- The Washington Times - Sunday, April 1, 2001

In 1971, the Rev. Jesse Jackson founded Operation PUSH, or People United to Save Humanity. In 1978, he changed the meaning of the PUSH acronym to People United to Serve Humanity. He should have changed it to People United to Shakedown Humanity. After all, for more than two decades Mr. Jacksons tactics have resembled what one wag recently called "an old-style protection racket." Thats a long way from Mr. Jacksons description of his actions i.e., tearing down the walls of "economic apartheid" but it is much closer to the truth.

In late 1980, when Mr. Jackson had to know that his federal gravy train of misspent grants was about to run dry with the election of Ronald Reagan, he entered the private sector. Mr. Jackson approached Coca-Cola, seeking what he euphemistically described as "proportional representation," "fair share" and "parity." When "negotiations" failed to proceed at a pace acceptable to Mr. Jackson, the reverend announced at PUSH´s convention in July that there had been a "withdrawal of enthusiasm" for Coke´s products. Just so that Coke got the real message, the sloganeering reverend hollered, "Don´t Choke on Coke!" undoubtedly repeating the refrain with the enthusiasm that had heretofore been reserved for Coke´s sugar water. Needless to say, Coke caved within two weeks. And a crusade was born, only this one would prove to be much more profitable than preaching.

The next year the reverend took his road show to St. Louis, where he promoted a new PUSH subsidiary the International Trade Bureau. In typically Jacksonian parlance, which conveniently reinforced his charges of "economic apartheid," the inveterately rhyming preacher demanded "trade, not aid." In Mr. Jackson´s vision, the International Trade Bureau would comprise black companies seeking to do business with major corporations that signed what amounted to "protection-racket" or "shakedown" agreements with PUSH. The target in St. Louis was Anheuser-Busch Co., which Mr. Jackson planned to boycott.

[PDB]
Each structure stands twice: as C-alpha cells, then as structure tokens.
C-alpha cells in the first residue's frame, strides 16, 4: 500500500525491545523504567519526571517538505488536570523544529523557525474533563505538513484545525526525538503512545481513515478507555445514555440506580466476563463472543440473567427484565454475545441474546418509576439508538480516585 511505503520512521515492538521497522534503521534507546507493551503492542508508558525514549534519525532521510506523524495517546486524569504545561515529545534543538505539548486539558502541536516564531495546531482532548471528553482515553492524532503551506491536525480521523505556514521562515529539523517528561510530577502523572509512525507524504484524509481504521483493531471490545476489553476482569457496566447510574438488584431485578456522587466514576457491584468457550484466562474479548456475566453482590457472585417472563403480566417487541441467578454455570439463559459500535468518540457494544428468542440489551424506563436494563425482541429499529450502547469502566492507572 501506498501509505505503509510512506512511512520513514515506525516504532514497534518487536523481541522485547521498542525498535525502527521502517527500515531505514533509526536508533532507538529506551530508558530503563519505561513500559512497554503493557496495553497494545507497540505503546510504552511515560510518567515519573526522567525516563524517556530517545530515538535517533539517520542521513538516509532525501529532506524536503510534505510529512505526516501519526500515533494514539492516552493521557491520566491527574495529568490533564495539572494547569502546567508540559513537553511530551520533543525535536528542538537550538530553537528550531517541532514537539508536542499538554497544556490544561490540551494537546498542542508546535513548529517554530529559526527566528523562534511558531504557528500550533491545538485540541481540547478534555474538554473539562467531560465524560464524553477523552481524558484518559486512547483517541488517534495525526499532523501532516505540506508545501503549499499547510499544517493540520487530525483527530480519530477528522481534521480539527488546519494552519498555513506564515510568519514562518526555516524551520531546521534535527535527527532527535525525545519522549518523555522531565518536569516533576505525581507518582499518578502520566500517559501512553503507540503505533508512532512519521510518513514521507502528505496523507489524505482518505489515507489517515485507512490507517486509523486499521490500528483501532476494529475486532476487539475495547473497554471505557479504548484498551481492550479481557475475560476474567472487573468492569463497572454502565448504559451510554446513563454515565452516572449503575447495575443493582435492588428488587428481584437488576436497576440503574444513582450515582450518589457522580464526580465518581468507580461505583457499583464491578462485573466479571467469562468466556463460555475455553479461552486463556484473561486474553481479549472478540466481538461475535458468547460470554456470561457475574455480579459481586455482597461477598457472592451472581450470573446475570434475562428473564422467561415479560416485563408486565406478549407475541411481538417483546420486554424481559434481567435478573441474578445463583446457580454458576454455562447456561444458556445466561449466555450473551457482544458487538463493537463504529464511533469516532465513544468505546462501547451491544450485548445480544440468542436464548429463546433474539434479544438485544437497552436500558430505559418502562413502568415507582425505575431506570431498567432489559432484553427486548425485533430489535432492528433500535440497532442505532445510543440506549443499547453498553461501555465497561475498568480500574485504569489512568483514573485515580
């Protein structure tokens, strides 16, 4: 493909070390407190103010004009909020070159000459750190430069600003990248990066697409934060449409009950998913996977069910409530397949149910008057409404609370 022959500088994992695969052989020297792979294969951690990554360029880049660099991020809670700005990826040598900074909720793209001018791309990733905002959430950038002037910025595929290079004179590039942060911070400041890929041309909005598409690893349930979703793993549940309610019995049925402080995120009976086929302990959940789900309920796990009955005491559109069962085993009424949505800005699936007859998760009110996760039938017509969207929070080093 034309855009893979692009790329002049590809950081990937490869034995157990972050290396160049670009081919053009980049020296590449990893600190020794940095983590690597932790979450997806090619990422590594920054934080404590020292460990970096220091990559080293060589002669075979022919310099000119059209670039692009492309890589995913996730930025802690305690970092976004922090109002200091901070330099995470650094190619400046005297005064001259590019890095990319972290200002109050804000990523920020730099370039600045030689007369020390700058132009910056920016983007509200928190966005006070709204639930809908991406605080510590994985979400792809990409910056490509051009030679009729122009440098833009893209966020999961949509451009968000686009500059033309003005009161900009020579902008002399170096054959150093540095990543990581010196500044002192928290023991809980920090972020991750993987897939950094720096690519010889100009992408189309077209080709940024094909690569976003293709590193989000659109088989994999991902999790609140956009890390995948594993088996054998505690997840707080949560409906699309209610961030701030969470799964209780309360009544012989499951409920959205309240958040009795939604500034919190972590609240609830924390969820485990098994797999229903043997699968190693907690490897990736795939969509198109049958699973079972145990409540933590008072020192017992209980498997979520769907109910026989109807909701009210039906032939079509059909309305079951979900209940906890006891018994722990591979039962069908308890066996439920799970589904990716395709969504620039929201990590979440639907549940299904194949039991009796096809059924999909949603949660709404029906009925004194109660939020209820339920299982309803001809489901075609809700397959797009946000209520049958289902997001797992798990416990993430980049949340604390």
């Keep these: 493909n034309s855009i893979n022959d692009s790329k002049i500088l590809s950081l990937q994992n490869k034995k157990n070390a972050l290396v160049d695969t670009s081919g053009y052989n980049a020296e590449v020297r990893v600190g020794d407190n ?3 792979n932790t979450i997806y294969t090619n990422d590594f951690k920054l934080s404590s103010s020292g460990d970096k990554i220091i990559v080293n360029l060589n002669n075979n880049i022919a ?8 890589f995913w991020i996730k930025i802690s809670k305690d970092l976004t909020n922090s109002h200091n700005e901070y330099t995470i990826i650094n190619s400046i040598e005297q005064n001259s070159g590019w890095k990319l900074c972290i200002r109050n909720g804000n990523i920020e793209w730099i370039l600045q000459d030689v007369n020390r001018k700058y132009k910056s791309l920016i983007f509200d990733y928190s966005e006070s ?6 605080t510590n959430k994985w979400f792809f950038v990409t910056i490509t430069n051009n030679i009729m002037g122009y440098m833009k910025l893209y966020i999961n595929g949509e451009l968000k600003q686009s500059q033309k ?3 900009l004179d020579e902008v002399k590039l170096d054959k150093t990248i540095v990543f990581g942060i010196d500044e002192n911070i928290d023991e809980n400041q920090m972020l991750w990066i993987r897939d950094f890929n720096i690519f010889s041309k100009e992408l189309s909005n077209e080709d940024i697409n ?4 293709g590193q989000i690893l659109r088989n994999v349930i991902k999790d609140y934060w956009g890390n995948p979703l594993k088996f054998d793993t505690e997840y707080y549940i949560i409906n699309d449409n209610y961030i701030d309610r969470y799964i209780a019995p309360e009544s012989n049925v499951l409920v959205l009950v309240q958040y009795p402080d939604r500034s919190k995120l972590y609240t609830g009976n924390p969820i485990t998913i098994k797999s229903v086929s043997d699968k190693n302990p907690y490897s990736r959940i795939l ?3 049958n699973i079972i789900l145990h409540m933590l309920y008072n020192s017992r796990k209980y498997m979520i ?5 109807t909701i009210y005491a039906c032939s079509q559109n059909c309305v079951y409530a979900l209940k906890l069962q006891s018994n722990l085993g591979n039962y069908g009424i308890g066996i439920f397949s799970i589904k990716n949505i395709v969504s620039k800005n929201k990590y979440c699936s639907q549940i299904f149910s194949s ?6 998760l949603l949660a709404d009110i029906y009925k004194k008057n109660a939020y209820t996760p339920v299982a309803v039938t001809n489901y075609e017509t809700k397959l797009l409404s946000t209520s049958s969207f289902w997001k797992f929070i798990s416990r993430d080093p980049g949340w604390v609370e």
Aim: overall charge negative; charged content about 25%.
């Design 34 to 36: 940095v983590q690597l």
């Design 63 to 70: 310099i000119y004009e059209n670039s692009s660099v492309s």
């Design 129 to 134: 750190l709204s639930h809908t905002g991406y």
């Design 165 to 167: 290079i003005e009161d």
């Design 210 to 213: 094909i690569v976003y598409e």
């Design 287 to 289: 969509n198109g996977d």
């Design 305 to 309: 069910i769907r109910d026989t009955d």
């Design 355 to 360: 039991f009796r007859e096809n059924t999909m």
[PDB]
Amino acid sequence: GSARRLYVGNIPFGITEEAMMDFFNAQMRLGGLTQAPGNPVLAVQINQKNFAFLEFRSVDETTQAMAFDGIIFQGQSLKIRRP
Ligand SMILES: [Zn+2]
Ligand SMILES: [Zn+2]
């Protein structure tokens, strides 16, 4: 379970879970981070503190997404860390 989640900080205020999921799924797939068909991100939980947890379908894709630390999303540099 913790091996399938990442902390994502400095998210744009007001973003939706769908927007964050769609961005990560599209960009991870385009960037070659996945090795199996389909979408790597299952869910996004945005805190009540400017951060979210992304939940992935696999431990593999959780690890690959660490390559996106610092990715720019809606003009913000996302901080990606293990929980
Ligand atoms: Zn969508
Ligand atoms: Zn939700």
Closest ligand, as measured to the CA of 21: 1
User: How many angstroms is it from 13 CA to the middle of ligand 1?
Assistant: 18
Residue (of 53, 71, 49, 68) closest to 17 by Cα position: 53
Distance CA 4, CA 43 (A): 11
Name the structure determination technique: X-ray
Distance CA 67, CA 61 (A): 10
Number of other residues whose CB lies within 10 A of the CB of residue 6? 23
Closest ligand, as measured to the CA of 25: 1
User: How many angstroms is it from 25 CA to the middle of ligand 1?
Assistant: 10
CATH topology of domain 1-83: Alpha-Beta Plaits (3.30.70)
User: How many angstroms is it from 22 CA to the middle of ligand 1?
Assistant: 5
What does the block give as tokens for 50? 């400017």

Demonstrating that he was an equal-opportunity shakedown artist, Mr. Jackson charged black companies a $500 admissions fee to join the International Trade Bureau. "If you want to play," Mr. Jackson coldly explained to prospective members, "you have to pay." In response, the St. Louis Sentinel, a black-owned weekly that recognized an opportunistic interloper when it saw one, wrote an editorial titled "Rev. Jesse Jackson Minister or Charlatan?" The editorial accused Mr. Jackson of being "self-serving and defrauding the black community." The reverend´s fund-raising pitch to black businesses was, the Sentinel charged, "a kickback approach to the black community." Explaining the Sentinel´s position, co-publisher Michael Williams told Steve Miller of The Washington Times, "Anheuser-Busch was a good corporate citizen. We questioned motives. We had black business owners who were really offended that Mr. Jackson would want money to go after this company." Mr. Jackson responded with a $3 million libel suit, which was dismissed after he refused to open his financial books. The president of the St. Louis Urban League said Anheuser-Busch had been "fantastic corporate citizens." Nevertheless, Mr. Jackson called for a boycott, using the slogan, "This Bud´s a dud."



More recently, Mr. Jackson´s confrontational shakedown tactics have been deployed against the broadcast, telecommunications and high-technology industries. Mr. Jackson explained why he focused on the telecommunications industry: "It´s where the most money was." Not surprisingly, lots of that money has found its way into the coffers of the reverend´s network of organizations and into the pockets of his wealthy friends, who are only too happy to donate some of their proceeds to Mr. Jackson´s organizations. The primary beneficiary of this double dose of largess has been Mr. Jackson´s so-called Citizenship Education Fund (CEF), which had been headed by his $120,000-per-year mistress, who, inconveniently for the reverend´s image, bore his illegitimate child in 1999. Subsequently, the CEF forked over nearly $40,000 in tax-exempt funds, in part to relocate Mr. Jackson´s mistress from Washington to California.

In 1997, Viacom wanted to sell 10 radio stations to two companies for more than $1 billion. In a profitable move that Mr. Jackson would repeat time and again, he petitioned the Federal Communications Commission (FCC) to block the deal. Viacom got the message and gave the CEF nearly $700,000.